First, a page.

Krapfen, Italian by adoption for two hundred years

by Alberto Manodori Sagredo

A krapfen – from the Old High German ‘krafo’, meaning “fritter”– is a fried, sweet, yeast dough pastry, covered in confectioner’s sugar and filled with apricot jam.

In Italy, the best pastry shops in Venice, South Tyrol and the Triveneto area make krapfen and offer them – still warm – to thier loyal patrons and occasional clients every morning.

On the Adriatic coast, and especially in Rimini, Riccione, Cattolica or Cesenatico, in Romagna and in the Marche, krapfen swell to a larger variation, called ‘bomboloni’.

In the past, on the golden Adriatic beaches, you could always spot pitchmen with baskets full of bomboloni, covered with checkered cloths. They carried their delicious merchandise on the luggage rack of old bicycles, hollering “Bomboloni!… I’m about to leave!” to urge the indecisive to give in to their sweet tooth.

In Rome, krapfen are called ‘bombe’ and are covered in granulated sugar instead of confectioner’s. Romans prefer their “bombs” filled with cream instead of jam.

Nowadays, you’ll even find krapfen filled with chocolate cream or Nutella, on display in the windows of the Rialto in Venice, or in Piazza di Spagna in Rome – definitely worth a try!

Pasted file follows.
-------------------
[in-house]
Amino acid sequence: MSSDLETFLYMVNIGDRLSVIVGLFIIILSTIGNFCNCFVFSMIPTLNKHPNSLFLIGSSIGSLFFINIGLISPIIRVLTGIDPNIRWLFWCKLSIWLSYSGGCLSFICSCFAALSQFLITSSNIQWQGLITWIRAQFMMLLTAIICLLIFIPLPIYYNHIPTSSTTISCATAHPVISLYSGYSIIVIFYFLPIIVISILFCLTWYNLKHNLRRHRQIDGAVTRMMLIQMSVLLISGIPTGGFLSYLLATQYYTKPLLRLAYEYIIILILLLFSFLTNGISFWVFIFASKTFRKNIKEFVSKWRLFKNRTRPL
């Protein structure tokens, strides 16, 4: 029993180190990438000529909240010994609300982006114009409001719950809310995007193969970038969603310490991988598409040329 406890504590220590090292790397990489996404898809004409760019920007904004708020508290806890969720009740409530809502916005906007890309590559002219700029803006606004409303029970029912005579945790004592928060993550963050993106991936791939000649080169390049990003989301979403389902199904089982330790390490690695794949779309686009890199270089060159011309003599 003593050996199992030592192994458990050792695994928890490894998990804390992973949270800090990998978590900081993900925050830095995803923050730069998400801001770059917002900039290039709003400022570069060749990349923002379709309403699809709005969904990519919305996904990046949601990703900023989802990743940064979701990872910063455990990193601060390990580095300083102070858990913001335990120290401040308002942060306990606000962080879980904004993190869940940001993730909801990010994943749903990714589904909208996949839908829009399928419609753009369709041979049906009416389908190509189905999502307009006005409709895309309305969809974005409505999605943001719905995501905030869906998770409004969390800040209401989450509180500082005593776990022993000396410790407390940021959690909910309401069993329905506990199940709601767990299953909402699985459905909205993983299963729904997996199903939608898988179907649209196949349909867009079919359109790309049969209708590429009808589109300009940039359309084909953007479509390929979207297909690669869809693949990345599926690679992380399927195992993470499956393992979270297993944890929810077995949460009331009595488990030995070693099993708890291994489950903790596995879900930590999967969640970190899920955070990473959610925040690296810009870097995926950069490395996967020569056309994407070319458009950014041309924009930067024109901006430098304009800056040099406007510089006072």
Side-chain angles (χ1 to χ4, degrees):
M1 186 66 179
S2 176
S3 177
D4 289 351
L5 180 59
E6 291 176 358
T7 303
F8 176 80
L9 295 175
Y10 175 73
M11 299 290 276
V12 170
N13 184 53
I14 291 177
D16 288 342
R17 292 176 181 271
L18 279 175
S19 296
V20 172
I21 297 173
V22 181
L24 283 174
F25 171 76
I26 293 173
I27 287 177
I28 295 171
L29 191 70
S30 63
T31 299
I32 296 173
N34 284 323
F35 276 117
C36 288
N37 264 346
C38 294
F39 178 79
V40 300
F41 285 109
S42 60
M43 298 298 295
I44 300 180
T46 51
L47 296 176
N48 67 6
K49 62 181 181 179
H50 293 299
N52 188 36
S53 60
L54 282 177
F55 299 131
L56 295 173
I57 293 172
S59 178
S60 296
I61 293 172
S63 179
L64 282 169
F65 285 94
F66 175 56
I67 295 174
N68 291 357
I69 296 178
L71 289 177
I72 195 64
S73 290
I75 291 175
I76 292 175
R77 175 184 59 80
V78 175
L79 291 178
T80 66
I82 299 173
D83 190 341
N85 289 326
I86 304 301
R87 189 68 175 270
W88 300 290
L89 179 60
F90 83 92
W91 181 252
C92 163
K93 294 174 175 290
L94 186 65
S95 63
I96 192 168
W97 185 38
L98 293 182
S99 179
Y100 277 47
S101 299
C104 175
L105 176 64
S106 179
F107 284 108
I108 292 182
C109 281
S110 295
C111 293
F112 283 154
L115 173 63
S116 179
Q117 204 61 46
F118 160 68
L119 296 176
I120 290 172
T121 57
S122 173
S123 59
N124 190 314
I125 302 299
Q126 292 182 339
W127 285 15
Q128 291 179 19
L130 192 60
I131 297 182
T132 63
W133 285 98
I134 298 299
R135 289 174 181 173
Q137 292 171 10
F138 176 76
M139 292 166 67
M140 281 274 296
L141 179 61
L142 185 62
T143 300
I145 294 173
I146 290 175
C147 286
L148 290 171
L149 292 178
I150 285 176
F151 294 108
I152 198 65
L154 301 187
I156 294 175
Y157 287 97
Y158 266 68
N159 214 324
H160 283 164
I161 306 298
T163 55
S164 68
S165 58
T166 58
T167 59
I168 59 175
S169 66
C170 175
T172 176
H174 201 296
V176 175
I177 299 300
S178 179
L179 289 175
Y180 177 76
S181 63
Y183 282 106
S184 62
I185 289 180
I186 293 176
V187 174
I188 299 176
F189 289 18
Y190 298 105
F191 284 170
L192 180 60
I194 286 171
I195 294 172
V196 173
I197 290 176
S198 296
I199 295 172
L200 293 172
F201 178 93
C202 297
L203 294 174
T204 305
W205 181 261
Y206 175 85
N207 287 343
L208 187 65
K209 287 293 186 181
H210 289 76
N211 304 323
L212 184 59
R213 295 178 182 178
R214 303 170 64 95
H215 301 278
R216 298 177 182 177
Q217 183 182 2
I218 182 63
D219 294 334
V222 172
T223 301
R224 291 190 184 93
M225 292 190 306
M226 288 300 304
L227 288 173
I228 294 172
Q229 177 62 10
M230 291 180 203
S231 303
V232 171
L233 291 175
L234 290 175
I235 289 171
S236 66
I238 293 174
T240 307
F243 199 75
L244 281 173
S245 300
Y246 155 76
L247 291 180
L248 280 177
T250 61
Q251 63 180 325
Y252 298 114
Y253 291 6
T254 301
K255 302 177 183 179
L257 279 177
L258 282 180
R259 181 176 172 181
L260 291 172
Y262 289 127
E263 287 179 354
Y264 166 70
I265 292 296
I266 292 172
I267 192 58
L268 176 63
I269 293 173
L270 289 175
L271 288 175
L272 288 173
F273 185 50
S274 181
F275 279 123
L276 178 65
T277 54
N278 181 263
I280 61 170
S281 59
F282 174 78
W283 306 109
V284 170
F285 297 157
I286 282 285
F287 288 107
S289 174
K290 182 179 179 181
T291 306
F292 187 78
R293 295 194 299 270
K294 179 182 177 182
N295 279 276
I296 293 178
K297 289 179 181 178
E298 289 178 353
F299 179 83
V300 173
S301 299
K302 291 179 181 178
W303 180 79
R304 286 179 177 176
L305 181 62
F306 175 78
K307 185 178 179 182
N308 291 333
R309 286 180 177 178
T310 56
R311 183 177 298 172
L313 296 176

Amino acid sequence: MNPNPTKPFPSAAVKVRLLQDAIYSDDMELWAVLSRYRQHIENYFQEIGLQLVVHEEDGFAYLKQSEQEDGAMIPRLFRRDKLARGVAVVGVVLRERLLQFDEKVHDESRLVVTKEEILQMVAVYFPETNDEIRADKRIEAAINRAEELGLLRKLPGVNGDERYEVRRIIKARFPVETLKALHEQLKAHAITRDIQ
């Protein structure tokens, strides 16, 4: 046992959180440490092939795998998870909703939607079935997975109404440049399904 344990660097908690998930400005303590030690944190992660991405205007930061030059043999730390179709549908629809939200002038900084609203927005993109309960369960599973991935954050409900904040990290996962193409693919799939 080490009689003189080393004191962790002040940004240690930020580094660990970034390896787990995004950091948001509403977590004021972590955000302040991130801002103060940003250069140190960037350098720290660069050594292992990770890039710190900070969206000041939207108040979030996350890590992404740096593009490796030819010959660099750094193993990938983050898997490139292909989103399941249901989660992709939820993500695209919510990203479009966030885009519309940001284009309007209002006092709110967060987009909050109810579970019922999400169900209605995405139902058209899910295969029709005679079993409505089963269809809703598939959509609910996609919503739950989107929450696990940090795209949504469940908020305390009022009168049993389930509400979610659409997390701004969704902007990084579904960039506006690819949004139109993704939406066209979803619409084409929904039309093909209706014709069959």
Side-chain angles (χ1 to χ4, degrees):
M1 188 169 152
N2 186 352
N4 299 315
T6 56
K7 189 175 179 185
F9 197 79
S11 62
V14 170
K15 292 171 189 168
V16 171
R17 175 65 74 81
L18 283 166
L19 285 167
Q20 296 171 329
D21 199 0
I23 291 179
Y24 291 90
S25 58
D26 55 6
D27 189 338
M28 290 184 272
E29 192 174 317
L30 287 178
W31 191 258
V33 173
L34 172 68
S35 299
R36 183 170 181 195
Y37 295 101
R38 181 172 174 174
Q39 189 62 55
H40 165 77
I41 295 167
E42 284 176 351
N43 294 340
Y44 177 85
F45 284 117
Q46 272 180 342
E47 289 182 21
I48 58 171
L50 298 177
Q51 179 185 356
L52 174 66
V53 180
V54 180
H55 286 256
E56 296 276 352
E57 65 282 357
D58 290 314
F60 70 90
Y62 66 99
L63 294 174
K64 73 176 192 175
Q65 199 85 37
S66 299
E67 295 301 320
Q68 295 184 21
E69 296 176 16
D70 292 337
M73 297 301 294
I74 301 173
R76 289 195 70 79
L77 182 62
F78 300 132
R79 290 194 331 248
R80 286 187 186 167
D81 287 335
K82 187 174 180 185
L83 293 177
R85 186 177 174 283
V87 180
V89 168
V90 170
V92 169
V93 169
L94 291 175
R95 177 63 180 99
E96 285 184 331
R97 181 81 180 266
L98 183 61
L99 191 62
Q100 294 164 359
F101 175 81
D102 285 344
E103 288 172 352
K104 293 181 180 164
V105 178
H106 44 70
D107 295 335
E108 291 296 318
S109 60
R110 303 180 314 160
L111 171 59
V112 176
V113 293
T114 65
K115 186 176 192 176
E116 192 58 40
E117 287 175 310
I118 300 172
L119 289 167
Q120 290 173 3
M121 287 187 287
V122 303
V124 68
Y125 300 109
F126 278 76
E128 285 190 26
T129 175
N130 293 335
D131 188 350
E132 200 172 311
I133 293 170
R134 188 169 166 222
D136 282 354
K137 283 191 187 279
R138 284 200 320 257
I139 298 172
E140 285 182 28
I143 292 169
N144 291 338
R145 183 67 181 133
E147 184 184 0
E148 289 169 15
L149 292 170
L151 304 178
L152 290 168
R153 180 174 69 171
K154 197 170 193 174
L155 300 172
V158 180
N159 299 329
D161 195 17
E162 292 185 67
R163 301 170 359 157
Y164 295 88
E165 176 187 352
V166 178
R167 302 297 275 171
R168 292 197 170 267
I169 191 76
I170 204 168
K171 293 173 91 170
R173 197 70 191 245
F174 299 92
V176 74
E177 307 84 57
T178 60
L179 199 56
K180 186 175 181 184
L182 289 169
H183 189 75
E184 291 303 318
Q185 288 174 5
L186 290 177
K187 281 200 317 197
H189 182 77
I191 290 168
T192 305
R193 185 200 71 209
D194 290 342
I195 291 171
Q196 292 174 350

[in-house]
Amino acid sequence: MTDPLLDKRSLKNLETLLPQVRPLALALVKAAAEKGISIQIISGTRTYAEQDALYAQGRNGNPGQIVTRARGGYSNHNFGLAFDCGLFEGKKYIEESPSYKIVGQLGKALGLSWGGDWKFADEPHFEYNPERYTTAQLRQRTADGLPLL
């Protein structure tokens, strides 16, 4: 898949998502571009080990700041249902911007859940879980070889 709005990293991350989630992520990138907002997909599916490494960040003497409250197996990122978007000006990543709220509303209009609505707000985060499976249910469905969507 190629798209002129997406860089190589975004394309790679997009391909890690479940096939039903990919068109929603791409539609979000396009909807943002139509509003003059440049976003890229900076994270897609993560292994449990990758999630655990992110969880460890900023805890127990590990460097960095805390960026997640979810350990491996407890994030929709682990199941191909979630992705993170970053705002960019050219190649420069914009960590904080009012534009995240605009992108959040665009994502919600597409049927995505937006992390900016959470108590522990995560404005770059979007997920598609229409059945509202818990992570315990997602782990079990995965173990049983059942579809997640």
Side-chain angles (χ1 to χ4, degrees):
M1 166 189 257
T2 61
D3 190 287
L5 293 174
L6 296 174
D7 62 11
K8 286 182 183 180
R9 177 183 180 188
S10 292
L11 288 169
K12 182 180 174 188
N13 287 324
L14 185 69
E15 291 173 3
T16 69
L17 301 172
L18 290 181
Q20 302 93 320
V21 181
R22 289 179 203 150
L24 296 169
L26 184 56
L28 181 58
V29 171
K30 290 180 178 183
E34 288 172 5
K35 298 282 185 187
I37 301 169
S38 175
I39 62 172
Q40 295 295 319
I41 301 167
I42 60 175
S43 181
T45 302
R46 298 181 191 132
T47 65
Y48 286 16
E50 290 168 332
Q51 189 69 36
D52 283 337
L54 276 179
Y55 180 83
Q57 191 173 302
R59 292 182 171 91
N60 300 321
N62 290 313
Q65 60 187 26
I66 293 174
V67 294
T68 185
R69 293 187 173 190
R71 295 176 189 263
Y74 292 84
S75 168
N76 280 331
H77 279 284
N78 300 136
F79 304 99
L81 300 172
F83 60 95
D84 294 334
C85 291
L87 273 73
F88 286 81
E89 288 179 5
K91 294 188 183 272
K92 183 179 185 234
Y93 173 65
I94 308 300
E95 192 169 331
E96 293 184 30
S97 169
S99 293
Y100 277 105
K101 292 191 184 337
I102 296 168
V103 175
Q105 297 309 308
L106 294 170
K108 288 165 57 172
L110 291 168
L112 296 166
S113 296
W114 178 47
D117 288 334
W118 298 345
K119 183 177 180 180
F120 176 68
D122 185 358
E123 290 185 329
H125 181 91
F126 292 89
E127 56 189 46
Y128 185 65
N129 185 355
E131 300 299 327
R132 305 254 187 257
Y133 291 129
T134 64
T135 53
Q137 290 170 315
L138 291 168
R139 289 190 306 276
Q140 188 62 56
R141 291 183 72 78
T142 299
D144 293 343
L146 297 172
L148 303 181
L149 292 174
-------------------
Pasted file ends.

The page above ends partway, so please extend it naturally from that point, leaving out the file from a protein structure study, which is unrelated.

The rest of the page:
From Bavaria to Berlin, and from Hungary to Portugal, passing through Poland, Slovakia, the Czech Republic and even Finland, krapfen are prepared during Carnival and sold as street food. Krapfen have also become a breakfast food, or a Sunday morning treat, in Vienna; indeed, Austria claims paternity of this wonderful pastry, saying it was born in Graz in the 17th century.

But we can say for sure that by now krapfen are European, and Italian by adoption.

The recipe calls for flour, egg, sourdough, milk, malt, lemon peel, salt and sugar; the traditional filling is apricot jam, but rose hip and plum are also allowed – to be injected before frying to enhance the pastry’s flavor. Then the krapfen – or ‘bombolone’, or ‘bomba’ – once always fried in lard, is now fried in oil to spare our cholesterol!

We can imagine a grand dining room, set for Sunday morning breakfast. The family’s young masters – if they have been good all week, have listened to their parents, have never fussed, and have always done their homework – can hardly wait to taste the pastries made especially for them by the cook. And while the kitchen is certainly in a secluded area of the house, it could never be so far as to stop the enticing aroma of these special fritters from reaching their eager senses.

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